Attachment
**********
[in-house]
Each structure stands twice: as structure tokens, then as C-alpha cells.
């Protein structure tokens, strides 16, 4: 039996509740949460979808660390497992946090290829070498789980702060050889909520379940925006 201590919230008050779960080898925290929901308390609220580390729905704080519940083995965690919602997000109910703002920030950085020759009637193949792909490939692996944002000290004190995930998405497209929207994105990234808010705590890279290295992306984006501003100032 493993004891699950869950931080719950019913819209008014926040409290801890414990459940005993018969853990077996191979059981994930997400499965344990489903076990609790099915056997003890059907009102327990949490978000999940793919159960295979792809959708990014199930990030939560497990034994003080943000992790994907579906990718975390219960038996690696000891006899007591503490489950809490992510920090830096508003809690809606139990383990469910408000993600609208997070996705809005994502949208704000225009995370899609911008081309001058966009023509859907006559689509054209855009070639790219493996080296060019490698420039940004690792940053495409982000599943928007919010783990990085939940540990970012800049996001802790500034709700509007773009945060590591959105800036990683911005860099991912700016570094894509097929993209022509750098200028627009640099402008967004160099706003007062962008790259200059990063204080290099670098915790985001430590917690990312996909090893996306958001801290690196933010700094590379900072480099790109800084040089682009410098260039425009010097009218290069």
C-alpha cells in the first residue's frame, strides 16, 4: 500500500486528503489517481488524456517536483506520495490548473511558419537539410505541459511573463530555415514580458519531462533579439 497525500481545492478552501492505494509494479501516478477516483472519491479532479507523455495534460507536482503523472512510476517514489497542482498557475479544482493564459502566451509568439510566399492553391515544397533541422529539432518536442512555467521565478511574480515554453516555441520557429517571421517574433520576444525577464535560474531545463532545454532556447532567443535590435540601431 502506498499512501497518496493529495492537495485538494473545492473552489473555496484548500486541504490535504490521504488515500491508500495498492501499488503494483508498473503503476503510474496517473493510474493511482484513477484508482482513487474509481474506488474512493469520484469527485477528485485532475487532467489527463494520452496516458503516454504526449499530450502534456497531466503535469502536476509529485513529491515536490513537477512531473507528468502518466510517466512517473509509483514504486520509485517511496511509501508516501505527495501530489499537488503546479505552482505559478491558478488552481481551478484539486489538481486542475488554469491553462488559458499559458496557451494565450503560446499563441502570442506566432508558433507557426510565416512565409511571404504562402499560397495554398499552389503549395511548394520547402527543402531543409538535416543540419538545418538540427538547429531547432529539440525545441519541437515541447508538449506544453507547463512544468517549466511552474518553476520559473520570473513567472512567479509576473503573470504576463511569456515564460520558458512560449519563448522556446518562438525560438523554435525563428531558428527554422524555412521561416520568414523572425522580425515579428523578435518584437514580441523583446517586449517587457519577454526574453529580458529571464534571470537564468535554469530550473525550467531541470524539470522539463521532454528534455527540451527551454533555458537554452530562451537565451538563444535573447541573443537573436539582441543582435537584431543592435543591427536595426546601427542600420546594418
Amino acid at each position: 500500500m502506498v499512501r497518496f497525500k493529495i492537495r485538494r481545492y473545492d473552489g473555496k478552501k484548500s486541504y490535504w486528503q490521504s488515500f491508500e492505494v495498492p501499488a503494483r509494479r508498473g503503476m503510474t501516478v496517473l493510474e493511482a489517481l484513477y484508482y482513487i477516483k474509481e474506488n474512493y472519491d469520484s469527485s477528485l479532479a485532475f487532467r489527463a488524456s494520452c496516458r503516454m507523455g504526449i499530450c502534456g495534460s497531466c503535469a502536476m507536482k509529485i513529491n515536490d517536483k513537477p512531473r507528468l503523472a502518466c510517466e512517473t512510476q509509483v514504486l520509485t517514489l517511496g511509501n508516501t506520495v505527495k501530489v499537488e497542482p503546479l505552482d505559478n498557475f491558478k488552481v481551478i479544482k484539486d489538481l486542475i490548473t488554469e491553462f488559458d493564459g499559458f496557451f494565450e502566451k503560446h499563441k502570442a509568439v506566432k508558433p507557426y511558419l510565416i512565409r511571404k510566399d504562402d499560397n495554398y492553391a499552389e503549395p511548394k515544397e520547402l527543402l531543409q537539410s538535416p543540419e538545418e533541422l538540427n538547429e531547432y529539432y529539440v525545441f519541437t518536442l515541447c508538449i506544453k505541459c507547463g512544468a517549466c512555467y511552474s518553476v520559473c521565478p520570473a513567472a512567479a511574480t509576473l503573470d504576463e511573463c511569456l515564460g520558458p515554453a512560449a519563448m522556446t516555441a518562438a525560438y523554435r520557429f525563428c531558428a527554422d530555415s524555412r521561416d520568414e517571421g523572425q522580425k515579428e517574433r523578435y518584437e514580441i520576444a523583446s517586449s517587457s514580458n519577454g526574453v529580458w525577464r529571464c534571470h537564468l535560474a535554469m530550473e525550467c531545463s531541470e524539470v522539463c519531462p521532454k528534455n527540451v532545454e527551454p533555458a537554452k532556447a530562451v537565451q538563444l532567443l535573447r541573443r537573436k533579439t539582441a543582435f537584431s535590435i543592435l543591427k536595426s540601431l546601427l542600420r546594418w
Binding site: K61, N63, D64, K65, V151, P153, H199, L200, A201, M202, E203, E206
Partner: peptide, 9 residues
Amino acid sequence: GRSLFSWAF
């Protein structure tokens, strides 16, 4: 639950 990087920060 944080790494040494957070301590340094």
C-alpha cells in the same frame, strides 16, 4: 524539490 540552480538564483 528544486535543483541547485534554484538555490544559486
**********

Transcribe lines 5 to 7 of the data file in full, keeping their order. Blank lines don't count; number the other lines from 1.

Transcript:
Amino acid at each position: 500500500m502506498v499512501r497518496f497525500k493529495i492537495r485538494r481545492y473545492d473552489g473555496k478552501k484548500s486541504y490535504w486528503q490521504s488515500f491508500e492505494v495498492p501499488a503494483r509494479r508498473g503503476m503510474t501516478v496517473l493510474e493511482a489517481l484513477y484508482y482513487i477516483k474509481e474506488n474512493y472519491d469520484s469527485s477528485l479532479a485532475f487532467r489527463a488524456s494520452c496516458r503516454m507523455g504526449i499530450c502534456g495534460s497531466c503535469a502536476m507536482k509529485i513529491n515536490d517536483k513537477p512531473r507528468l503523472a502518466c510517466e512517473t512510476q509509483v514504486l520509485t517514489l517511496g511509501n508516501t506520495v505527495k501530489v499537488e497542482p503546479l505552482d505559478n498557475f491558478k488552481v481551478i479544482k484539486d489538481l486542475i490548473t488554469e491553462f488559458d493564459g499559458f496557451f494565450e502566451k503560446h499563441k502570442a509568439v506566432k508558433p507557426y511558419l510565416i512565409r511571404k510566399d504562402d499560397n495554398y492553391a499552389e503549395p511548394k515544397e520547402l527543402l531543409q537539410s538535416p543540419e538545418e533541422l538540427n538547429e531547432y529539432y529539440v525545441f519541437t518536442l515541447c508538449i506544453k505541459c507547463g512544468a517549466c512555467y511552474s518553476v520559473c521565478p520570473a513567472a512567479a511574480t509576473l503573470d504576463e511573463c511569456l515564460g520558458p515554453a512560449a519563448m522556446t516555441a518562438a525560438y523554435r520557429f525563428c531558428a527554422d530555415s524555412r521561416d520568414e517571421g523572425q522580425k515579428e517574433r523578435y518584437e514580441i520576444a523583446s517586449s517587457s514580458n519577454g526574453v529580458w525577464r529571464c534571470h537564468l535560474a535554469m530550473e525550467c531545463s531541470e524539470v522539463c519531462p521532454k528534455n527540451v532545454e527551454p533555458a537554452k532556447a530562451v537565451q538563444l532567443l535573447r541573443r537573436k533579439t539582441a543582435f537584431s535590435i543592435l543591427k536595426s540601431l546601427l542600420r546594418w
Binding site: K61, N63, D64, K65, V151, P153, H199, L200, A201, M202, E203, E206
Partner: peptide, 9 residues